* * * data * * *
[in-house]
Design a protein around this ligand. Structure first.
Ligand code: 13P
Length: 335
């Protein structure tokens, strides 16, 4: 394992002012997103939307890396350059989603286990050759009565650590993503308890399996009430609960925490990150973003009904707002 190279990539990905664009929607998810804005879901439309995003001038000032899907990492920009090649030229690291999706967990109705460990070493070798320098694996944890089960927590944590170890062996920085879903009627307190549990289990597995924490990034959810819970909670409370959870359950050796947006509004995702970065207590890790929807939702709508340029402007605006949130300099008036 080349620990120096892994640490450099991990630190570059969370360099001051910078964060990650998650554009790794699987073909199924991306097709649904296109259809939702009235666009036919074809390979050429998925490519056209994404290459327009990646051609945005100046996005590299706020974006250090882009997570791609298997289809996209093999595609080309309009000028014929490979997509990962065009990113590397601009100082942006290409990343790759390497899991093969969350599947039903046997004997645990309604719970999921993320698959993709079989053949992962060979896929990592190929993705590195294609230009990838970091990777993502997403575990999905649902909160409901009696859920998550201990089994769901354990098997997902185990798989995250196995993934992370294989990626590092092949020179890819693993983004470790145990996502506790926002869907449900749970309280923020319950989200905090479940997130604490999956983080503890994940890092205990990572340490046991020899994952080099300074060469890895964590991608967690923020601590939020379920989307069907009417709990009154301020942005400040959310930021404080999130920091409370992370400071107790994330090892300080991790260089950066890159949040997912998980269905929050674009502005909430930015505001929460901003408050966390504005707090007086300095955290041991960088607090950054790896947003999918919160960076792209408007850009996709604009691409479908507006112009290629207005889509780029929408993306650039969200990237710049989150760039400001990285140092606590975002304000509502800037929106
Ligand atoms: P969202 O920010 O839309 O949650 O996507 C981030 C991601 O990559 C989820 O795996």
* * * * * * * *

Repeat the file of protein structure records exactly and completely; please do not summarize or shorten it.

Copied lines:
[in-house]
Design a protein around this ligand. Structure first.
Ligand code: 13P
Length: 335
């Protein structure tokens, strides 16, 4: 394992002012997103939307890396350059989603286990050759009565650590993503308890399996009430609960925490990150973003009904707002 190279990539990905664009929607998810804005879901439309995003001038000032899907990492920009090649030229690291999706967990109705460990070493070798320098694996944890089960927590944590170890062996920085879903009627307190549990289990597995924490990034959810819970909670409370959870359950050796947006509004995702970065207590890790929807939702709508340029402007605006949130300099008036 080349620990120096892994640490450099991990630190570059969370360099001051910078964060990650998650554009790794699987073909199924991306097709649904296109259809939702009235666009036919074809390979050429998925490519056209994404290459327009990646051609945005100046996005590299706020974006250090882009997570791609298997289809996209093999595609080309309009000028014929490979997509990962065009990113590397601009100082942006290409990343790759390497899991093969969350599947039903046997004997645990309604719970999921993320698959993709079989053949992962060979896929990592190929993705590195294609230009990838970091990777993502997403575990999905649902909160409901009696859920998550201990089994769901354990098997997902185990798989995250196995993934992370294989990626590092092949020179890819693993983004470790145990996502506790926002869907449900749970309280923020319950989200905090479940997130604490999956983080503890994940890092205990990572340490046991020899994952080099300074060469890895964590991608967690923020601590939020379920989307069907009417709990009154301020942005400040959310930021404080999130920091409370992370400071107790994330090892300080991790260089950066890159949040997912998980269905929050674009502005909430930015505001929460901003408050966390504005707090007086300095955290041991960088607090950054790896947003999918919160960076792209408007850009996709604009691409479908507006112009290629207005889509780029929408993306650039969200990237710049989150760039400001990285140092606590975002304000509502800037929106
Ligand atoms: P969202 O920010 O839309 O949650 O996507 C981030 C991601 O990559 C989820 O795996």